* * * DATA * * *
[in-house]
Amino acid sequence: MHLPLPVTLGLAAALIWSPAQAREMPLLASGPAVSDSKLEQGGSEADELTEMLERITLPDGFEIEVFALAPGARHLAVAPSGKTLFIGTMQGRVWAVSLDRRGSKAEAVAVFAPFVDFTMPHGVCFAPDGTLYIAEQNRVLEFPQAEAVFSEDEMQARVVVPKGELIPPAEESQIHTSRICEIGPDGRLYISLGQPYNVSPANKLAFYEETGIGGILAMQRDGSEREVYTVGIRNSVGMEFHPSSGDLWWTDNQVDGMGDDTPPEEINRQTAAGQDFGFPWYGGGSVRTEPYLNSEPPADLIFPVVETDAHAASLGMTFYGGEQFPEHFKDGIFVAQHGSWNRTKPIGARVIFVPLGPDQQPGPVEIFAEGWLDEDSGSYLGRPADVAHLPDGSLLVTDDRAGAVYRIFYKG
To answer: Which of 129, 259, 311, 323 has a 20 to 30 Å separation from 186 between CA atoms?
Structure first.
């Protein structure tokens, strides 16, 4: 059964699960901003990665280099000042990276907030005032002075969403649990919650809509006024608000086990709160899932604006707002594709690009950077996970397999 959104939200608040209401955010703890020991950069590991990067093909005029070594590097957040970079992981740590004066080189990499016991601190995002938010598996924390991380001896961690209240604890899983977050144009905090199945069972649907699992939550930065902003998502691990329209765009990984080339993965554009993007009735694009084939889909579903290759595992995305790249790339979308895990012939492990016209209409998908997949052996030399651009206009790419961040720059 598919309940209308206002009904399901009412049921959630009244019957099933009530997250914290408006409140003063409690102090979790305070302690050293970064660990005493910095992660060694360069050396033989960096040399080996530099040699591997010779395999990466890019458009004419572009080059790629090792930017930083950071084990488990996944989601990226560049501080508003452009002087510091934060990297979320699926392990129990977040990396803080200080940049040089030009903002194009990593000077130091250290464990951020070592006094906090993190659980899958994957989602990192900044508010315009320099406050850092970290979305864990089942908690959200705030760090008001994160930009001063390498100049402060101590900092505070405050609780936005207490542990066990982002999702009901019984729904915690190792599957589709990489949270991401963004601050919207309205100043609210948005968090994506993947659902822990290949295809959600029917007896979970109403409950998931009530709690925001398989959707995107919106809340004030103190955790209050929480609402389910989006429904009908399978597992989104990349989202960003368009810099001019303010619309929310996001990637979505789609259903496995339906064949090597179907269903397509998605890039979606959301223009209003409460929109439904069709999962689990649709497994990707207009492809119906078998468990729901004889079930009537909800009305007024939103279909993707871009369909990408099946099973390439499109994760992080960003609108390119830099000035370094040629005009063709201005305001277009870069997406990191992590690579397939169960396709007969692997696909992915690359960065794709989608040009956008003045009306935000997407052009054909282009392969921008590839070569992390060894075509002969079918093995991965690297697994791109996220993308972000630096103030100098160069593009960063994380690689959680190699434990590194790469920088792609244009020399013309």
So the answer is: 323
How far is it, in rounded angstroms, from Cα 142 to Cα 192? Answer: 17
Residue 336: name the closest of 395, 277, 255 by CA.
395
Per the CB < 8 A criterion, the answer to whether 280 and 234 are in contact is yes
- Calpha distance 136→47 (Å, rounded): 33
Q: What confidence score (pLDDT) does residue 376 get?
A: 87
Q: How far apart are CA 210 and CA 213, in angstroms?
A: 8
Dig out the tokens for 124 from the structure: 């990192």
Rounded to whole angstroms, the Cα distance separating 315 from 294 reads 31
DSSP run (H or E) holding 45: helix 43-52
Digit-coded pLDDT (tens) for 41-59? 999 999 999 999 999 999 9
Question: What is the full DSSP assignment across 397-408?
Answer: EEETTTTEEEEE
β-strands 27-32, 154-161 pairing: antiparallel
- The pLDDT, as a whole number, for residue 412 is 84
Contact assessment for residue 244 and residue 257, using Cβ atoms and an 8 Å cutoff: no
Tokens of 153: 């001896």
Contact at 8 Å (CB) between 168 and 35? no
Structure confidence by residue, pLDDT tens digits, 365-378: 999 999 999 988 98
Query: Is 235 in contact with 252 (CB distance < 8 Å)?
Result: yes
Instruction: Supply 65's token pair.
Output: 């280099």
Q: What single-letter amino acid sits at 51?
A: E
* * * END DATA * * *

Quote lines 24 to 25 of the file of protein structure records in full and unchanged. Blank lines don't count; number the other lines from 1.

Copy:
Contact assessment for residue 244 and residue 257, using Cβ atoms and an 8 Å cutoff: no
Tokens of 153: 């001896």